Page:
NAACP President: George Zimmerman 'has to be held accountable'
Trayvon Martin family attorney talks about Zimmerman verdict
Ben Jealous, President and CEO of the National Association for the Advancement of Colored People, said he quickly found himself refocusing his annual national convention in Orlando more on the George Zimmerman not guilty verdict.
Jealous said it's ironic that his group's annual convention happened to be going on at the same time and place as Zimmerman's verdict was handed down.
"Certainly felt just a little providential. That when this came down, the NAACP would have all its leaders from across the country down here. I don't want to make too much of that, but it's one of those moments that makes you feel very small," Jealous said, adding that the NAACP has, "a responsibility while we're here to talk about what's going on here, and send people back ready to talk about how we ensure that there are no more 'Trayvons.'"
An NAACP spokesman said there were tears and anger over the verdict, especially from young black men attending the convention. The spokesman said the organization invited counselors from all over Central Florida to help youth attending the convention away from their families deal with their emotions. Monday evening the NAACP held a town hall-style meeting for youth to discuss taking peaceful action.
"We're asking youth across the country to keep on doing what they're doing,” said Jealous. “That's if they're upset and angry, fuel it in a powerful and peaceful way. Sign the petition on line and get involved in a protest in your community and we're proud of it."
Jealous said the verdict had a powerful impact on the focus of the convention but on him personally.
"When I heard that verdict the first thing I did is walked over to my son's crib and I listened to him breathe. And I began to cry. Because I realized Tracy and Sybrina would never hear Trayvon breathe again," Jealous said.
Jealous said he will be meeting with the Department of Justice officials this week to discuss the possibility of civil rights charges against Zimmerman.
"There will most likely be a civil phase," Jealous said. "But even after that the US. DOJ will have an opportunity say whether it intends to file charges or bring civil action or even bring a pattern and practice investigation to Sanford Police Department."
The Department of Justice said Sunday it would review the Martin-Zimmerman case to determine if it should consider prosecuting Zimmerman, who was acquitted Friday.
"Experienced federal prosecutors will determine whether the evidence reveals a prosecutable violation of any of the limited federal criminal civil rights statutes within our jurisdiction, and whether federal prosecution is appropriate in accordance with the Department's policy governing successive federal prosecution following a state trial," the DOJ said.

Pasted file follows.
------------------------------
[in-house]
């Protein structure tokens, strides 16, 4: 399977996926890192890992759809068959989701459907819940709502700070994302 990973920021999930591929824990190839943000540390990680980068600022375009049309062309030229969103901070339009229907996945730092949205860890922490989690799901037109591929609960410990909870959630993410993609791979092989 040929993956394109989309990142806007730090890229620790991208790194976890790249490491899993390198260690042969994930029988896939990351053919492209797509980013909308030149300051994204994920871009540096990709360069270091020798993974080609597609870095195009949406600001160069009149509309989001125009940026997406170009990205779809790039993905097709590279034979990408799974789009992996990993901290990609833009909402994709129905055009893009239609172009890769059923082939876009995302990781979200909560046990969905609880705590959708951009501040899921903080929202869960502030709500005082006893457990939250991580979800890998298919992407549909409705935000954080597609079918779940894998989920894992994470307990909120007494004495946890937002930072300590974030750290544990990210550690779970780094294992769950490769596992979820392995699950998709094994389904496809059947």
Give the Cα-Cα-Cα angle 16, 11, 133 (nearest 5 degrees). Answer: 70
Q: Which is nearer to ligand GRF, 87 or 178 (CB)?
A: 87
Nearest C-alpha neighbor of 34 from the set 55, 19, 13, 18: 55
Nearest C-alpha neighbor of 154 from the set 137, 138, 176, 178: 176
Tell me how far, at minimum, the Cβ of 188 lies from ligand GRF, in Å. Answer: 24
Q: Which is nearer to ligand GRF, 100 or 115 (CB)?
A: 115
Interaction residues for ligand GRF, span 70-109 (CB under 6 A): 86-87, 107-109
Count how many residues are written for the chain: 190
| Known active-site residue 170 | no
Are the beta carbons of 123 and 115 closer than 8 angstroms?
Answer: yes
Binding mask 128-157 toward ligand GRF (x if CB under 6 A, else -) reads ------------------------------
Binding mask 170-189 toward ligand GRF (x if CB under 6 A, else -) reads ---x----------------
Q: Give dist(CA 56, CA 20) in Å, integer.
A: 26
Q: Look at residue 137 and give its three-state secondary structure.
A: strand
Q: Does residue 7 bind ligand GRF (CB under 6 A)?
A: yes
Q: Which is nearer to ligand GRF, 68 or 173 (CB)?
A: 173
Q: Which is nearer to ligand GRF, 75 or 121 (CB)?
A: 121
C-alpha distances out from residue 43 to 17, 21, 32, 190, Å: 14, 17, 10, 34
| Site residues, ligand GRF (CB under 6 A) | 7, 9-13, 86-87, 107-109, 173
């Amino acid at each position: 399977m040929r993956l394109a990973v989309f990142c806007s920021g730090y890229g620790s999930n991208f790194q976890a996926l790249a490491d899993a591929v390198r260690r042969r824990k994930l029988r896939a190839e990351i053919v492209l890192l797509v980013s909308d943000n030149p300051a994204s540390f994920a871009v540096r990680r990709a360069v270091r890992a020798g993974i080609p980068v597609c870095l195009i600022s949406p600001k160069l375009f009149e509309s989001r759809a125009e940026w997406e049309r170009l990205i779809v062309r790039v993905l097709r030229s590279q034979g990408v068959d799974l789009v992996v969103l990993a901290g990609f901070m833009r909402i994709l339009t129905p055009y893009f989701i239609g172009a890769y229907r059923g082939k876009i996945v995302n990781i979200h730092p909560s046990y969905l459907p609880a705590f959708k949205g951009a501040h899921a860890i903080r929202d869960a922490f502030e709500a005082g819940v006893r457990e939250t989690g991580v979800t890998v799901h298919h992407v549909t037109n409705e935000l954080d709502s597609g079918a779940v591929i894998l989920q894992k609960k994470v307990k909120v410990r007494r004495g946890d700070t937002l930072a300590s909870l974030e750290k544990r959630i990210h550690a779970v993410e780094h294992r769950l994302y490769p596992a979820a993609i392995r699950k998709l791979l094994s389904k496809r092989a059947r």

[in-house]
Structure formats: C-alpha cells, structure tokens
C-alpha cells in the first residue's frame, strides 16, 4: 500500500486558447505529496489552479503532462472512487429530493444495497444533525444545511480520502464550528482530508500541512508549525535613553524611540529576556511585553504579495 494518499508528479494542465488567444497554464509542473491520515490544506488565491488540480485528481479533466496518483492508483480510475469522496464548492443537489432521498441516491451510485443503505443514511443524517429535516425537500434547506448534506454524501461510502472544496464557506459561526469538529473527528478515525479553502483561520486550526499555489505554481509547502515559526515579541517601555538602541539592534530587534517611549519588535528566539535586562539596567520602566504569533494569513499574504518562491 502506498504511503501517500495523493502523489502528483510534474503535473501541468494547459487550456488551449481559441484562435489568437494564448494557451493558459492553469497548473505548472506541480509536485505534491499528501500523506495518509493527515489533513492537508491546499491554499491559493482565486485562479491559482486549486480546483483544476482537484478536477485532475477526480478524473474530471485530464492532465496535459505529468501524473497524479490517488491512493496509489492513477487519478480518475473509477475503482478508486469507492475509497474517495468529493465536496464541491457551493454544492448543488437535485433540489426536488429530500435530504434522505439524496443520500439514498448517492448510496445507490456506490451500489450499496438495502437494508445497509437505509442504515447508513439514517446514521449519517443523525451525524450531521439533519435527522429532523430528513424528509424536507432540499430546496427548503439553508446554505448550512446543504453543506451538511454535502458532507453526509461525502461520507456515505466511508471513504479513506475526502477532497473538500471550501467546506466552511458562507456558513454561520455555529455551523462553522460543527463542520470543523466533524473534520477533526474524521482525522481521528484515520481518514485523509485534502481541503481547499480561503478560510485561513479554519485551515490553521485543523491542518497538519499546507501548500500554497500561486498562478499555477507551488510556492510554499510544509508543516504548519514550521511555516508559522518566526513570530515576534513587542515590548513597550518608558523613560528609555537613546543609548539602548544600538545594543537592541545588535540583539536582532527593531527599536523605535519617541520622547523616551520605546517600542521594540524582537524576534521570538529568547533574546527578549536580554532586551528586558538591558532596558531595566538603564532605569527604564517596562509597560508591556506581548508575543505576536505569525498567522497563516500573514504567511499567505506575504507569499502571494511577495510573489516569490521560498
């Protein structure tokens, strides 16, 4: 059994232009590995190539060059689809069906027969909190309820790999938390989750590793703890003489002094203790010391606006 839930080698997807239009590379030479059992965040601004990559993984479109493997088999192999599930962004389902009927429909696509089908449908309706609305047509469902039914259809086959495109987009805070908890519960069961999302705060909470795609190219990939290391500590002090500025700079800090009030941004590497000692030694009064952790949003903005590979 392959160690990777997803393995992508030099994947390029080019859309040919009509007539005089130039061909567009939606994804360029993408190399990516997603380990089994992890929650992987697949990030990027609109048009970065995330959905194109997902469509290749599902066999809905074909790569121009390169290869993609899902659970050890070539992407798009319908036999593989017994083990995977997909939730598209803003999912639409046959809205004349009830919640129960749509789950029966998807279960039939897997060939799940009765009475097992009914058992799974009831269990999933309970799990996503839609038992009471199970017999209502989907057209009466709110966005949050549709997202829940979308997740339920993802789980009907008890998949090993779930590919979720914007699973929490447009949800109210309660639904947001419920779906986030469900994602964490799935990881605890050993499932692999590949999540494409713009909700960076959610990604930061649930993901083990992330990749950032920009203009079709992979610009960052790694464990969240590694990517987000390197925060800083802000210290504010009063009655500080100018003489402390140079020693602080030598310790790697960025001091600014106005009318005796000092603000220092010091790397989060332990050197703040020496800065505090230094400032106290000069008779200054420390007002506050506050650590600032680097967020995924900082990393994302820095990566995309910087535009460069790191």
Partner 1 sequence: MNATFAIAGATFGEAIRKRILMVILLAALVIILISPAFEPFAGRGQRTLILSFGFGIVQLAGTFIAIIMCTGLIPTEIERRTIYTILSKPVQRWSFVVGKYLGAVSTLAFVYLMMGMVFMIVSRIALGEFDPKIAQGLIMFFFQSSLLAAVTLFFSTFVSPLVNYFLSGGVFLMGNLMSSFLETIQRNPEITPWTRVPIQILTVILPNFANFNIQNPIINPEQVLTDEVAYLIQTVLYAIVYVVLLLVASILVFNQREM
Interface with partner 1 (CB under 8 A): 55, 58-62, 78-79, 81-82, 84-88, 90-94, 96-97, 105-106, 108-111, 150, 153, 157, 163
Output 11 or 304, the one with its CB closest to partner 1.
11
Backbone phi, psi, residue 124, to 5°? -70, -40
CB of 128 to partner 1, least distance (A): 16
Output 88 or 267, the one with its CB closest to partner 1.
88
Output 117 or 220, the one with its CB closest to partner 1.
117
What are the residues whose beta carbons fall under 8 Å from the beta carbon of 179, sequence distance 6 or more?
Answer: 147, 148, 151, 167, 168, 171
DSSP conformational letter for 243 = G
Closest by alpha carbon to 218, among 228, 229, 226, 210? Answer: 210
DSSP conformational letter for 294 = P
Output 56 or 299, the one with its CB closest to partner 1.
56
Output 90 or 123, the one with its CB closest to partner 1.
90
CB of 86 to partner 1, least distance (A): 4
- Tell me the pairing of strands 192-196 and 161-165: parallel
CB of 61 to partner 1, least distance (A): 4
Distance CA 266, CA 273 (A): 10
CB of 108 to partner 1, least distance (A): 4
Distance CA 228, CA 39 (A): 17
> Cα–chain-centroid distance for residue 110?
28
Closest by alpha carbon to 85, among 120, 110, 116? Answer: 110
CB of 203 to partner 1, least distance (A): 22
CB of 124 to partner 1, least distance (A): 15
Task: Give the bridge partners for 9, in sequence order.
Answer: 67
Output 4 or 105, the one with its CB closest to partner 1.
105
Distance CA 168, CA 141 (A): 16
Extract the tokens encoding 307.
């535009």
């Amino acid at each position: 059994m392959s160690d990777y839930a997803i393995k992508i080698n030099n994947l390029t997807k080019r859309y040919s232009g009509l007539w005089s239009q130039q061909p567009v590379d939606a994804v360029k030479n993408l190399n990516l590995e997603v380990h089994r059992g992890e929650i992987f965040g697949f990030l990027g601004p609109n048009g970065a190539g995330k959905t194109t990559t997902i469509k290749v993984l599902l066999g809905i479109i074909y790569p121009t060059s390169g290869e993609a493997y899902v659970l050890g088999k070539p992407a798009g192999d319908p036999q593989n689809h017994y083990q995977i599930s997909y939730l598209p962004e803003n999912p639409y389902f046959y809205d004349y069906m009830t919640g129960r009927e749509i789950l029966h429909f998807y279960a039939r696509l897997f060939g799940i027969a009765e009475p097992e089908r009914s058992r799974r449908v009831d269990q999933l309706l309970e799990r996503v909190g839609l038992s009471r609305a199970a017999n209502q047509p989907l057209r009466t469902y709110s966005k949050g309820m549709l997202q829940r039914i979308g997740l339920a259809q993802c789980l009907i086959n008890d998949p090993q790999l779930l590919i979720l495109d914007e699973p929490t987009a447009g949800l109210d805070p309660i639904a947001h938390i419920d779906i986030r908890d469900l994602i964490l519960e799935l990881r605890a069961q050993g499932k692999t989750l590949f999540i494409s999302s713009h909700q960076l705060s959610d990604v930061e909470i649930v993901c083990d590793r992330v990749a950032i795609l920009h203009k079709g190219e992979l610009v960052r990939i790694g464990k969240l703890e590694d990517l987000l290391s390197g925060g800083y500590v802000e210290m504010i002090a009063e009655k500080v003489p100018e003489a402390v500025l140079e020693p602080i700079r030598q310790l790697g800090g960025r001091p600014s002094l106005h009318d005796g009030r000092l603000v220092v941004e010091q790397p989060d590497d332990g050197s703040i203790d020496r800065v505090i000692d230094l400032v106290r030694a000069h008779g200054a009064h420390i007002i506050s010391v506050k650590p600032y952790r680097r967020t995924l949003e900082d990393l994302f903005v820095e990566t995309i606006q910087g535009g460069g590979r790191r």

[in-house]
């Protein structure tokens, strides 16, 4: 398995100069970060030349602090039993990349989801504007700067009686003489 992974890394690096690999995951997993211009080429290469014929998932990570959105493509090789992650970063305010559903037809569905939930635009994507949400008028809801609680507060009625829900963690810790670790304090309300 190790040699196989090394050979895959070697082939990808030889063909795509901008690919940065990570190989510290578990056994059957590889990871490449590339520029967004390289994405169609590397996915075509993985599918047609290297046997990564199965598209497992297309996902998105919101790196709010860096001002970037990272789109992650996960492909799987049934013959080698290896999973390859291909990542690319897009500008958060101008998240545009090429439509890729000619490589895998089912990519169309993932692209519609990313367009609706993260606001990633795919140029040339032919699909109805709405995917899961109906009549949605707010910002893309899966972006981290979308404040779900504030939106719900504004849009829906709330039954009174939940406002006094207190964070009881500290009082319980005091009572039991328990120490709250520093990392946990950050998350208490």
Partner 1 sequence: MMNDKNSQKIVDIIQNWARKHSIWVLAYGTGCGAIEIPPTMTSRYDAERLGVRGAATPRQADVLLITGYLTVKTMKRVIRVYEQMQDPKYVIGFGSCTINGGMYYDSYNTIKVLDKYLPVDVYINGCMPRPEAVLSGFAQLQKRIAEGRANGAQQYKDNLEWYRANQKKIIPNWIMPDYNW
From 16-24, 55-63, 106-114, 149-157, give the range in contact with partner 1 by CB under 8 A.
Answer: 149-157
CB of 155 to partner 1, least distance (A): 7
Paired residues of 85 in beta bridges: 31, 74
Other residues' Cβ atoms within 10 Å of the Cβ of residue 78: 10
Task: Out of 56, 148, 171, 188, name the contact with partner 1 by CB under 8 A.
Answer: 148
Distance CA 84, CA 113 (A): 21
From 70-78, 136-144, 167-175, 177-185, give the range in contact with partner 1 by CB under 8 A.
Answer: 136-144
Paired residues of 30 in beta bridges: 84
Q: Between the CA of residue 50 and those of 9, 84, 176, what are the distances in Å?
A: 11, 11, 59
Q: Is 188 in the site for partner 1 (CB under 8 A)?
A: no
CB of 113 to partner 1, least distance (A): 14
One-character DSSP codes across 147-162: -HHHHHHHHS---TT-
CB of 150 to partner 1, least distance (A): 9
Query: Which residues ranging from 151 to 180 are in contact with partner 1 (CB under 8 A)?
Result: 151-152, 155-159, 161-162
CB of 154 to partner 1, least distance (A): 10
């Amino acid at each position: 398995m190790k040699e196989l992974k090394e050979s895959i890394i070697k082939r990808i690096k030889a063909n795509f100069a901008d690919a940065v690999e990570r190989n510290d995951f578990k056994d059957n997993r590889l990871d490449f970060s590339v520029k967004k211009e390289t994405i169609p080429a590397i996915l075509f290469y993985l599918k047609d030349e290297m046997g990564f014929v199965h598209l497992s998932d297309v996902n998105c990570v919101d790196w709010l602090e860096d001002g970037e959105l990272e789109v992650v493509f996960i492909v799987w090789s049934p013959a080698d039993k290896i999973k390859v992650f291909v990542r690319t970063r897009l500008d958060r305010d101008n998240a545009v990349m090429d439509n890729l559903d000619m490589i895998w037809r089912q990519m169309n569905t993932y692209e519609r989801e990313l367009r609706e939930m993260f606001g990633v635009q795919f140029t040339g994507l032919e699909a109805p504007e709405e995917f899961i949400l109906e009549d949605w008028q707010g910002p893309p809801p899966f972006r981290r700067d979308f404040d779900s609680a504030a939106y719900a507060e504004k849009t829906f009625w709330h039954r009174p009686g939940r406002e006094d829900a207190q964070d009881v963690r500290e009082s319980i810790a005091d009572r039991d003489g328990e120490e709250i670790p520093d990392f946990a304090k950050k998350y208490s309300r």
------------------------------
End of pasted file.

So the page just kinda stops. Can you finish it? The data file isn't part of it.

NAACP Chairman Roslyn Brock spoke to Local 6 Sunday afternoon and was candid in her reaction to the not guilty verdict of George Zimmerman.
“We can't get to how you walk home in the rain from a local convenience store to being dead on the ground," she said. "Our community was prepared for a manslaughter conviction, we would accept that, but to have Mr. Zimmerman exonerated of all charges?"
As more than 4,000 members gathered at the annual NAACP Convention in Orlando, many of the scheduled meetings have turned into lengthy discussions about the Zimmerman verdict. The NAACP had been calling on the Department of Justice to file civil rights charges against Zimmerman which they say were violated the night he took Martin's life.
“We're hopeful Mr. Zimmerman is brought to justice, that in American society it means something to take the life of an unarmed 17-year-old male in this community.”
But Mark O' Mara, the attorney for George Zimmerman, said the trial was not about race, it was about self-defense.
"Obviously, we are ecstatic with the results. George Zimmerman was never guilty of anything except protecting himself in self-defense," O'Mara said.
The NAACP has already received 225,000 signatures, just hours after the verdict. The petition now stands at almost 400,000 signatures.
Roslyn Brock said the petition is just the beginning.
“We're standing resolute in our theme that we will not be moved, we have to do something to make justice in America equal.”
The attorney for the family of Trayvon Martin, the teen who was shot and killed by George Zimmerman, spoke at the NAACP National Convention on Monday in Orlando.
"After the verdict was rendered, the question has been answered loud and clear," said Benjamin Crump.
Zimmerman was acquitted of second-degree murder on Saturday by a six-person jury after a nearly month-long trial.
Crump spoke about Martin's mother's reaction to the verdict in Zimmerman's trial.
"After the verdict, it was devastating. Their heart broke again. She cried and prayed and cried again," Crump said.
Crump urged the crowds to stay vocal and vigilant during the Department of Justice investigation into a possible civil rights violation, such as a hate crime.